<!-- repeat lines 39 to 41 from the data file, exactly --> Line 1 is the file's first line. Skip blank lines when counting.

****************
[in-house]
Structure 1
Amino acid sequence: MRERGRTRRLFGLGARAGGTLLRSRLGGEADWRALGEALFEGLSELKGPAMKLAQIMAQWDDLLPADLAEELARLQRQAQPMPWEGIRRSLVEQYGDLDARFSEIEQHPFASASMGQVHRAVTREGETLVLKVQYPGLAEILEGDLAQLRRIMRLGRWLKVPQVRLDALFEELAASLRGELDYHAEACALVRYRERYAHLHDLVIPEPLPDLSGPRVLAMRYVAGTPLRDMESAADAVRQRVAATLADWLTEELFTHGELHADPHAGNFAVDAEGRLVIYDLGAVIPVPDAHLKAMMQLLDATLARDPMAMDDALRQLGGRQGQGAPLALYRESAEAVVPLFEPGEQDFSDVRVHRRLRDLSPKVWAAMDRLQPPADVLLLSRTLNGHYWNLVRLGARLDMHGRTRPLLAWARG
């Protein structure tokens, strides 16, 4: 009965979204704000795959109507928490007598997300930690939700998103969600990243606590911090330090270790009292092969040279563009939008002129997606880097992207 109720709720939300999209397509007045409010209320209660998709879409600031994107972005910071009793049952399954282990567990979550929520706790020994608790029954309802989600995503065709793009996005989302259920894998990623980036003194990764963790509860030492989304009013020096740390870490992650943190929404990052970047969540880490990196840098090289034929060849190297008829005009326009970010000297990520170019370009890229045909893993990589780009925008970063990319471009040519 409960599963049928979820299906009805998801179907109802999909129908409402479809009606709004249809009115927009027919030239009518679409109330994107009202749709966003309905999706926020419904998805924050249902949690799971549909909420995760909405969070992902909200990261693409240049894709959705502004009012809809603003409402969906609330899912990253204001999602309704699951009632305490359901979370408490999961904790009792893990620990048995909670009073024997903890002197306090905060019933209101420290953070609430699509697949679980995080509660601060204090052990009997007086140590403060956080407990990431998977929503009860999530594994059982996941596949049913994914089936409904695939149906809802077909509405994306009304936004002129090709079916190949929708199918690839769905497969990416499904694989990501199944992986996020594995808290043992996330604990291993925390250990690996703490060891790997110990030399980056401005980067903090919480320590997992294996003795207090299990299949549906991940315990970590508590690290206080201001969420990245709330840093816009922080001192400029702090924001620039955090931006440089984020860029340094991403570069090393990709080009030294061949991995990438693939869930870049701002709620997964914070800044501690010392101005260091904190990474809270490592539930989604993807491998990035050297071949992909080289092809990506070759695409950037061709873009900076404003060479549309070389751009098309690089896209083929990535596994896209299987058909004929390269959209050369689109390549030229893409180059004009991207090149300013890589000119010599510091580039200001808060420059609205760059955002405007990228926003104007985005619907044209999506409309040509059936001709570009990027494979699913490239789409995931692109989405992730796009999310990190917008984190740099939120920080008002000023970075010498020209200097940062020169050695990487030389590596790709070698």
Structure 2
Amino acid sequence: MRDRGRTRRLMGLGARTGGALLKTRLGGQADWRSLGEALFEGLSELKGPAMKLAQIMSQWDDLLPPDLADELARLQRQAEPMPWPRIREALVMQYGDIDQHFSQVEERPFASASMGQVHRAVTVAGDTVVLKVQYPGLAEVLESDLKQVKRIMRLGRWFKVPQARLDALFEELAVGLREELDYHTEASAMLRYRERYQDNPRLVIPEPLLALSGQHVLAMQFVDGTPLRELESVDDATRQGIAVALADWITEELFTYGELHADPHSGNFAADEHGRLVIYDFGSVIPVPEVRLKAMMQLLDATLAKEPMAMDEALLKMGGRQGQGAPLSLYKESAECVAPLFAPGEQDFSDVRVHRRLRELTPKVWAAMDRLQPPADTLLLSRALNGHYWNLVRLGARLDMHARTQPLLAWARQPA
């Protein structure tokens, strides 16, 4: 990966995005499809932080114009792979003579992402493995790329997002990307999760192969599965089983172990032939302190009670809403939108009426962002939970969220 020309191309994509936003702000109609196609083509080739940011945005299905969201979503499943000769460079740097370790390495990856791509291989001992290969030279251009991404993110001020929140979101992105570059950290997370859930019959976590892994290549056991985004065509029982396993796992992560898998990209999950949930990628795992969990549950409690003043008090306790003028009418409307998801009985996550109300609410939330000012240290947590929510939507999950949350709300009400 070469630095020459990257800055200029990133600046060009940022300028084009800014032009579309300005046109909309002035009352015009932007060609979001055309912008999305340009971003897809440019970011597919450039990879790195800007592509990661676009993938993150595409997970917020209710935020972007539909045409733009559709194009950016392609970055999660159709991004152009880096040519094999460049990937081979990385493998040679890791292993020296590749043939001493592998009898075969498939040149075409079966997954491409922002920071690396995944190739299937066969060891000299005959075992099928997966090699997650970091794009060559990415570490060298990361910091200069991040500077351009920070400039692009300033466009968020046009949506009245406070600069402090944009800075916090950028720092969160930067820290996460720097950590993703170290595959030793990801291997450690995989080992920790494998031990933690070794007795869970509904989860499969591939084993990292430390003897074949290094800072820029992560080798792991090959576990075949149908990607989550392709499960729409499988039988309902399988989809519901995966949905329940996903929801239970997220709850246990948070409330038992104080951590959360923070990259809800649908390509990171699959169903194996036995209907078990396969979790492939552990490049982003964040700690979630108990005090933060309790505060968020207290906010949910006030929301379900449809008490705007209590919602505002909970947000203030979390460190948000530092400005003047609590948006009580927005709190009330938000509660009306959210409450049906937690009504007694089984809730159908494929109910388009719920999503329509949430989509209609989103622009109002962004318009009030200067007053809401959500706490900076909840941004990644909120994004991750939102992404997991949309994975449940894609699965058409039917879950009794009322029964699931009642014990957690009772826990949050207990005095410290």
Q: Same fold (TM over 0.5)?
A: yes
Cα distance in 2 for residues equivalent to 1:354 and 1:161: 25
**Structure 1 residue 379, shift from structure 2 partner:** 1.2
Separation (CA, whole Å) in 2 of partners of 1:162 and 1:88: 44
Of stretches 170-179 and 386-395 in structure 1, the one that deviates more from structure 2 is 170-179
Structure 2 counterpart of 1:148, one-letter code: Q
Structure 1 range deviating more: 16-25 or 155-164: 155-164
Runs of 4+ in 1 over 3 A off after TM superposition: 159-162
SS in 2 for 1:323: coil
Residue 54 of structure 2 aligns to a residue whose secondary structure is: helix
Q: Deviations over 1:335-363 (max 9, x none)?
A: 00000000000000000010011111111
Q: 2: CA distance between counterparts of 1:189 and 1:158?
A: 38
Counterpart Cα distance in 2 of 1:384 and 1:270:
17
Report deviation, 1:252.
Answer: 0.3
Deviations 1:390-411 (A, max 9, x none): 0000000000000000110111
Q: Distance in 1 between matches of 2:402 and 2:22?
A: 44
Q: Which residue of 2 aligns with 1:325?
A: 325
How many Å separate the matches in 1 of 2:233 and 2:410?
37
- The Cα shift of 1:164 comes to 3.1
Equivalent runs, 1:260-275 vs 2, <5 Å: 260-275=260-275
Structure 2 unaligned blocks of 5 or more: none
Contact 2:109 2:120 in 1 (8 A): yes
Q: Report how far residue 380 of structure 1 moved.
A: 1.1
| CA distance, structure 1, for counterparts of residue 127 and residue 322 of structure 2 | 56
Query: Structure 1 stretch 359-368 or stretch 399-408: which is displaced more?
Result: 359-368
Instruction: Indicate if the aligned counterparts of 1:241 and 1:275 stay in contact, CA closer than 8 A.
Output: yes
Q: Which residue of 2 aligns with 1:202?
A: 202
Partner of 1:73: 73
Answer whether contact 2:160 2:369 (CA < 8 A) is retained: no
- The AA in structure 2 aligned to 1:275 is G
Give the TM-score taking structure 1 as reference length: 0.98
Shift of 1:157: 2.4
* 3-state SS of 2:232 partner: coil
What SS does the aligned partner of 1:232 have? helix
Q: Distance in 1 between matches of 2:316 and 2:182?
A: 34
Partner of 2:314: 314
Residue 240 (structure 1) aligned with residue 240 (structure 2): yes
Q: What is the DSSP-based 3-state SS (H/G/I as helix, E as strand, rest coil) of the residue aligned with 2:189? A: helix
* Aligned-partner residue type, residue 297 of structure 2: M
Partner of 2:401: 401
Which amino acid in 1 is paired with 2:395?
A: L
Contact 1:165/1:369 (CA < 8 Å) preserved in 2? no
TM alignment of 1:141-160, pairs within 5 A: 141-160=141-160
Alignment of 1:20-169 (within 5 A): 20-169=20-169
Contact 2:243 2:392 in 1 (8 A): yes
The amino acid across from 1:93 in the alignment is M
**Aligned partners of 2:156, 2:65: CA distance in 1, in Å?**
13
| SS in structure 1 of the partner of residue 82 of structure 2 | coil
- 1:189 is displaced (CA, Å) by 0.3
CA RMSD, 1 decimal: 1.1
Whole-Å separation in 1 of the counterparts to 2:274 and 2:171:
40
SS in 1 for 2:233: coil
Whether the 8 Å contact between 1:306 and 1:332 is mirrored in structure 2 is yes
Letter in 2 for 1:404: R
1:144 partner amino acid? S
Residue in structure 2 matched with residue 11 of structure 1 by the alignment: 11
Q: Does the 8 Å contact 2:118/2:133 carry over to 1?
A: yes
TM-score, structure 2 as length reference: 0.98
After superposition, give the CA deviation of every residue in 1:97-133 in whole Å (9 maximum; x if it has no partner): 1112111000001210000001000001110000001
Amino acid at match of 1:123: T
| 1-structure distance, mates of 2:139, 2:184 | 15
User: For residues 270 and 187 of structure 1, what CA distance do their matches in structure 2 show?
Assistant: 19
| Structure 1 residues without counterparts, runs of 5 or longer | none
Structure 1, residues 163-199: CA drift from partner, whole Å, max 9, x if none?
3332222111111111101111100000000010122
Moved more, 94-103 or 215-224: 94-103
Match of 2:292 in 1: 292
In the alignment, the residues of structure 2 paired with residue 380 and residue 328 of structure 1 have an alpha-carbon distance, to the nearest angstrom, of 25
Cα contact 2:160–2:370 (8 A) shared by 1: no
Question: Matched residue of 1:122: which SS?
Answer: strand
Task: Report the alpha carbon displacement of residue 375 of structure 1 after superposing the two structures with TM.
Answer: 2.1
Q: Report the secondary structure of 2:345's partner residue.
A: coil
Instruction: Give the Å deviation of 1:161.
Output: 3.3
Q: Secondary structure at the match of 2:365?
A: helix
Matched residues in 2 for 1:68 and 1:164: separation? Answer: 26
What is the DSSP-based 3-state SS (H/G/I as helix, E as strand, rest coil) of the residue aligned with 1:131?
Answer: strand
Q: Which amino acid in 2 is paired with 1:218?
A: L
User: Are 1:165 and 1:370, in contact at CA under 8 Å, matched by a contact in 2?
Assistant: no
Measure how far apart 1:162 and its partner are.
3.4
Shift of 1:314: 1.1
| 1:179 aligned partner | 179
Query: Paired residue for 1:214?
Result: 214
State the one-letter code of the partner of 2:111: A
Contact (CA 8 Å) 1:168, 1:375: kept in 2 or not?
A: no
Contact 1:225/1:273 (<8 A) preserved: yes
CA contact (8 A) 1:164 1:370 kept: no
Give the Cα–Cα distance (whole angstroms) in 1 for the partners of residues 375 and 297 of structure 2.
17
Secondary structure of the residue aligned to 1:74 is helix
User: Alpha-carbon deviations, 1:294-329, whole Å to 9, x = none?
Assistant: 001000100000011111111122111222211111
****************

A: 1.1
| CA distance, structure 1, for counterparts of residue 127 and residue 322 of structure 2 | 56
Query: Structure 1 stretch 359-368 or stretch 399-408: which is displaced more?